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Middle East Digest - February 22, 2010


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Washington, DC
February 22, 2010

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The Middle East Digest provides text and audio from the Daily Press Briefing. For the full briefings, please visit daily press briefings.

From the Daily Press Briefing of February 22, 2010

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QUESTION: On Iran, so the rhetoric got ratcheted up quite a bit last week on the Secretary’s trip, among others, not just the U.S. Today, the Iranians say that they’re going to build two of these 10 new reactors inside mountaintops to protect them from attack. I’m just wondering (a) what your reaction to that is and (b) what’s happening on the sanctions front right now.

MR. CROWLEY: Well, as to any further enrichment activity, as we’ve made clear, Iran has more practical and sensible alternatives. We have the Tehran research reactor proposal still on the table. In a correspondence through the IAEA, the United States, France, and Russia have made clear that there are other ways in which Iran could purchase isotopes on the open international market to meet the humanitarian needs of its people.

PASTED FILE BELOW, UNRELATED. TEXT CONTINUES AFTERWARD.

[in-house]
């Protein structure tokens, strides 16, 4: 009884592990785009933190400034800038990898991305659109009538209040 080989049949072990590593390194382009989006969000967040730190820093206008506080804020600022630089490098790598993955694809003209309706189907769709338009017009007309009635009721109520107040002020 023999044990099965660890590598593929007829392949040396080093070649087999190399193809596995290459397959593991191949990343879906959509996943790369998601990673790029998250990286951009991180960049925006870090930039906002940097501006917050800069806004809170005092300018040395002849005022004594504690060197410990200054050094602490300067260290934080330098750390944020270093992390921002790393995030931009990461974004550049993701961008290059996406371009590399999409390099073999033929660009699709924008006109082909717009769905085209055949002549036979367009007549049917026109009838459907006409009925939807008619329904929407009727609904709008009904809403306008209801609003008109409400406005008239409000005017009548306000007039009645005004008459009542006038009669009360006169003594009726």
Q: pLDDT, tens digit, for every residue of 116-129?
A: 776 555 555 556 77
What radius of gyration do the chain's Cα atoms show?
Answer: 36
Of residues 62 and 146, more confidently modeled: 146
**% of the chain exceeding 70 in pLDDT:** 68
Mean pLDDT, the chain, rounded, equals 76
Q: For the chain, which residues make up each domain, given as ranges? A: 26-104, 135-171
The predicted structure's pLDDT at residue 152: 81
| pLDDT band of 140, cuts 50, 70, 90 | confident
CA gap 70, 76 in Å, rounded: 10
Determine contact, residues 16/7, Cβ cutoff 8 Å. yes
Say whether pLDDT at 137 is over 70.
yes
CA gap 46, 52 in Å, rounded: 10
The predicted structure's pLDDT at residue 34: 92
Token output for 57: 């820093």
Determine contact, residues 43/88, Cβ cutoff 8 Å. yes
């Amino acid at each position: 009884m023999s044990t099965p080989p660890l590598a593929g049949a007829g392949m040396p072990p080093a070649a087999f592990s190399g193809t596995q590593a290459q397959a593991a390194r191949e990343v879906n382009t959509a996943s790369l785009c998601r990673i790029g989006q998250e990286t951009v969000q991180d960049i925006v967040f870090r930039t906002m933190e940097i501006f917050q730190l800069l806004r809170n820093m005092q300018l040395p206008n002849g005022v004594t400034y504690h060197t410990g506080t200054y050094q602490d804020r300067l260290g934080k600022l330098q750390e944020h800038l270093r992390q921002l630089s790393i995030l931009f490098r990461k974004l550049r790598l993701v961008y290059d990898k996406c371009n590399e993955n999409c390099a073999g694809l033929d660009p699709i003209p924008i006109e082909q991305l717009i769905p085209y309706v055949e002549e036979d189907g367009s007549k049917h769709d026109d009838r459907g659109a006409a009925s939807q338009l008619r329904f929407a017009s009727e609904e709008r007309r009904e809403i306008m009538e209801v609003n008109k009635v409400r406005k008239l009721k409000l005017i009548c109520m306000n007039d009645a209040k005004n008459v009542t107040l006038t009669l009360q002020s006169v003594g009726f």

So it is unfortunate that this is further evidence that Iran refuses to engage cooperatively and constructively with the IAEA. So in essence, adding more potential enrichment sites adds to the questions rather than resolves the questions that the international community has.

We continue to work closely with our partners in the P-5+1 process to identify potential targets for sanctions. And we will, I think, be advancing specific proposals to the UN in the coming weeks.

QUESTION: A follow-up on that?

MR. CROWLEY: Sure.

QUESTION: Israeli Prime Minister Netanyahu said that he thinks what’s needed here are direct and biting sanctions against the energy – Iran’s energy sector and that the UN Security Council should be bypassed. I guess individual countries should try and impose on their own if the UN doesn’t get its act together.

MR. CROWLEY: Well, those are not mutually exclusive alternatives. There are sanctions in place nationally. We think we’re – as the Secretary has said, we’re continuing to look at other steps that we can take both multilaterally and prospectively on a national basis. You had recently an announcement by the Department of Treasury regarding specific entities that we are continuing to focus on with respect to current sanctions.